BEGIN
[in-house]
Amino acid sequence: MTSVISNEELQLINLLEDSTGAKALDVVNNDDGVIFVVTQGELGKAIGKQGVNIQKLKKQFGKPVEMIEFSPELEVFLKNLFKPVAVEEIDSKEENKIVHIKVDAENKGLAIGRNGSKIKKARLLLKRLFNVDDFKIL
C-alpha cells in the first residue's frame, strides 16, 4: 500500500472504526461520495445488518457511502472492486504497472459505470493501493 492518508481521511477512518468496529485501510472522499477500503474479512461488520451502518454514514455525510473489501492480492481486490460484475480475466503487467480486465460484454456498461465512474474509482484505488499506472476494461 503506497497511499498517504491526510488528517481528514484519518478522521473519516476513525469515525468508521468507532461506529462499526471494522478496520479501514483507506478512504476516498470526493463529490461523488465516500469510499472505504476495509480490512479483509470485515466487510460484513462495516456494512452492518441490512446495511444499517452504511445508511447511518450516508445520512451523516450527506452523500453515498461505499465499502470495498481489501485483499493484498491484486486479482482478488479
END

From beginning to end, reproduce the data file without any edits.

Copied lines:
[in-house]
Amino acid sequence: MTSVISNEELQLINLLEDSTGAKALDVVNNDDGVIFVVTQGELGKAIGKQGVNIQKLKKQFGKPVEMIEFSPELEVFLKNLFKPVAVEEIDSKEENKIVHIKVDAENKGLAIGRNGSKIKKARLLLKRLFNVDDFKIL
C-alpha cells in the first residue's frame, strides 16, 4: 500500500472504526461520495445488518457511502472492486504497472459505470493501493 492518508481521511477512518468496529485501510472522499477500503474479512461488520451502518454514514455525510473489501492480492481486490460484475480475466503487467480486465460484454456498461465512474474509482484505488499506472476494461 503506497497511499498517504491526510488528517481528514484519518478522521473519516476513525469515525468508521468507532461506529462499526471494522478496520479501514483507506478512504476516498470526493463529490461523488465516500469510499472505504476495509480490512479483509470485515466487510460484513462495516456494512452492518441490512446495511444499517452504511445508511447511518450516508445520512451523516450527506452523500453515498461505499465499502470495498481489501485483499493484498491484486486479482482478488479